Sokolov said he thinks the USSR left Afghanistan undefeated after the 1979-1989 invasion, because the pro-Moscow government held on for three more years before the country slid into a devastating civil war.
The 1991 Soviet collapse appeared to have brought an end to Moscow’s superpower ambitions in the Muslim world. But when it comes to summarising the impact of the invasion on his generation, the gaunt, gray-haired 54-year-old grows serious and sad.
The invasion of Afghanistan claimed the lives of at least 15,000 Soviet soldiers, mostly conscripts in their late teens or early 20s, and left tens of thousands wounded and psychologically traumatised.
“Most of the guys are now unhappy because of this war. They drink, or they are sick or disabled, and the state does not pay any attention to them. Of course, this is tremendous pain.”
“Pain” is the name of an NGO Sokolov heads that helps war veterans overcome bureaucratic hurdles to get medical treatment, benefits – or a free land lot at one of Moscow’s graveyards.
More than a quarter century after the withdrawal of Soviet troops, almost four-fifths of Russians await another Afghanistan – this time in Syria.
Just days after Russia deployed its fighter jets to bomb President Bashar al-Assad’s foes, 78 percent of Russians said Moscow’s new military campaign will turn into a “second Afghanistan”, according to a survey by independent pollster Levada Center released in early October.
To some, the reminder was painfully personal. A retired Muscovite recalled the death of her cousin who was tortured to death in Afghanistan in 1982, after his helicopter crashed.
“He died a slow death. His death was a great sorrow and that is why I am so against another deployment, very much against it,” the woman, who only provided her first and patronymic name, Valentina Georgievna, told Al Jazeera.
“I would protest but people get their kidneys beaten off for doing that,” she added referring to the violent dispersion of opposition rallies by riot police.
The Levada poll showed, however, that 72 percent of Russians were positive about the air strikes – mostly because Kremlin-controlled media triumphantly cover the raids and even end weather forecasts with reports on bombing conditions in Syria.
Ramzan Kadyrov, Chechnya’s Kremlin-backed strongman and one of Russia’s most outspoken politicians, pledged to lead Chechen special forces in a ground operation to fight the “devilish” Islamic State of Iraq and the Levant (ISIL) – if only President Vladimir Putin orders him to do so.
And even though Putin and his ministers have already said more than once that no Russian boots will touch the Syrian ground, some observers are sure that Moscow will inevitably be drawn into another quagmire – and won’t come out of it in one piece.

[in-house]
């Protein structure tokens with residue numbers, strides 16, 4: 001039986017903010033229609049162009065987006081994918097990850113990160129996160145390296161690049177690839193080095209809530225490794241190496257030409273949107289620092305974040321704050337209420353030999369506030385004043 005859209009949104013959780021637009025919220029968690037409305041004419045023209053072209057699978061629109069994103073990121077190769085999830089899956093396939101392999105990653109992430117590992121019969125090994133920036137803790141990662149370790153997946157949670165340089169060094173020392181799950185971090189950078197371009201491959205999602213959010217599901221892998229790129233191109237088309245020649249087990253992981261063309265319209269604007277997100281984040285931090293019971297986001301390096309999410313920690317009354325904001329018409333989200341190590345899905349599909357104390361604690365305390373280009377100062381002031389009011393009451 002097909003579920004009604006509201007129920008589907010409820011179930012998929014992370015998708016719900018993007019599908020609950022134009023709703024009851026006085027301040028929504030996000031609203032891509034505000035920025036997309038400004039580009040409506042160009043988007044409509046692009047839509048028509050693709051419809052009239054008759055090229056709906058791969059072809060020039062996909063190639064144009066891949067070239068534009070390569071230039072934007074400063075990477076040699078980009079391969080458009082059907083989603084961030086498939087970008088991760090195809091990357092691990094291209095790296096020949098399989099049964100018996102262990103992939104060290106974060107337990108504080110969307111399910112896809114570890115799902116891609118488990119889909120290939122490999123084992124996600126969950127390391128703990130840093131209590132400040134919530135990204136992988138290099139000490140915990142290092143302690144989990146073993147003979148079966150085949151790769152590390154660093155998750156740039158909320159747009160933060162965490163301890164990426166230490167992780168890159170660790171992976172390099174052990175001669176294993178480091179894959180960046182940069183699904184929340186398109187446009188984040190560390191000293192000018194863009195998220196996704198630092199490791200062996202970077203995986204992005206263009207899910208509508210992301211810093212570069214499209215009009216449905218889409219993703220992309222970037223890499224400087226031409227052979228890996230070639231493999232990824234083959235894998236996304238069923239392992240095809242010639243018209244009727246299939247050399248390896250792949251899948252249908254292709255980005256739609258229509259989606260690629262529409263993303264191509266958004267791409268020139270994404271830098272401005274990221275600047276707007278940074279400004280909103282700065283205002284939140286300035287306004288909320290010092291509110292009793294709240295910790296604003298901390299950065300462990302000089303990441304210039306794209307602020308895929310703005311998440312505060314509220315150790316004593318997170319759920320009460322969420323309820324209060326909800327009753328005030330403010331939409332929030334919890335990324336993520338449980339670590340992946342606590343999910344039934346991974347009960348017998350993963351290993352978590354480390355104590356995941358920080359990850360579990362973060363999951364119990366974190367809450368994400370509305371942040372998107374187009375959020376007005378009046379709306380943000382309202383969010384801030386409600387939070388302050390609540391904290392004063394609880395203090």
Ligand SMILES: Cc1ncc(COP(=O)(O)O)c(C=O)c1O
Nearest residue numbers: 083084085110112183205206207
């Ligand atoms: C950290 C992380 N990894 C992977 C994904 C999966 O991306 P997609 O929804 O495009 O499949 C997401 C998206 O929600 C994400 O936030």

“We will get ourselves a new Afghanistan. For another 10 years with tens of thousands of dead,” Arkady Babchenko, a war correspondent and veteran of another ignominious Russian war – the 1994-1996 conflict in Chechnya, told the Open Russia website.
“The new Afghanistan [will be] the end of the current regime and a new stage in the collapse of the [Russian] empire,” Babchenko said.
Other analysts are, however, more cautious about possible ground operations.
“I don’t believe that the Kremlin will [commit to] such a stupidity,” Alexey Malashenko, one of Russia’s leading experts on Islam and the Middle East, told Al Jazeera.
In mid-September, almost two weeks before the air strikes began, the Gazeta.ru online daily claimed that several Russian servicemen refused to be deployed to Syria because their commanders allegedly refused to provide official, written orders of their deployment that would guarantee compensation for them or their families in case of injury or death.
The defence ministry denied the claims, but the servicemen were court-martialled, the daily said.
By mid-October, Western officials and analysts said that hundreds of Russian pilots, advisers and technicians were deployed at the Russian military facility in Tartus and the Hmeimim airbase – along with some 500 marines who guard them – in the Latakia region, the stronghold of Assad’s forces and the Alawite sect.
So far, none of them have participated in ground operations, and Russia’s Caspian Sea flotilla located some 1,500km northeast of Syria, is backing the air strikes: It launched 26 cruise missiles that flew over Iran and Iraq to hit targets in Syria on October 7 – Putin’s 63rd birthday.
Russia’s participation in the Syrian civil war has become Moscow’s first ever “US-style war”, according to Dmitry Trenin of the Moscow Carnegie Center, a think-tank.
“Russian military aircraft are bombing the enemy from high above, plus the Russian navy is launching cruise missiles from 1,000 miles away,” Trenin wrote in an analysis in mid-October.
“The enemy, again at least for now, has no chance to hit back at the Russians on the battlefield.”
The military operation in Syria is radically different from Moscow’s invasion of Afghanistan, which involved tens of thousands of ground troops crossing into Afghanistan from the Soviet republics of Central Asia.
Moscow’s political goals are also different – while in Afghanistan it wanted to install a communist government and completely change the lifestyle of a conservative Muslim society, in Syria, it simply wants to prop up Assad’s regime and prevent what Moscow calls “the Libyan scenario”, or disintegration of Syria into several warring enclaves that might eventually be taken over by ISIL.
But, contrary to what Trenin wrote, the enemy is already trying to strike back.
On October 13, Russian security services announced the arrest of three ethnic Chechens who arrived in Moscow with detonators and explosives to organise an attack in Moscow.
The suspects were trained in Syria and their attack was supposed to “destabilise the situation and stop the use of air forces in Syria against ISIL”, a prosecutor told the Kommersant daily.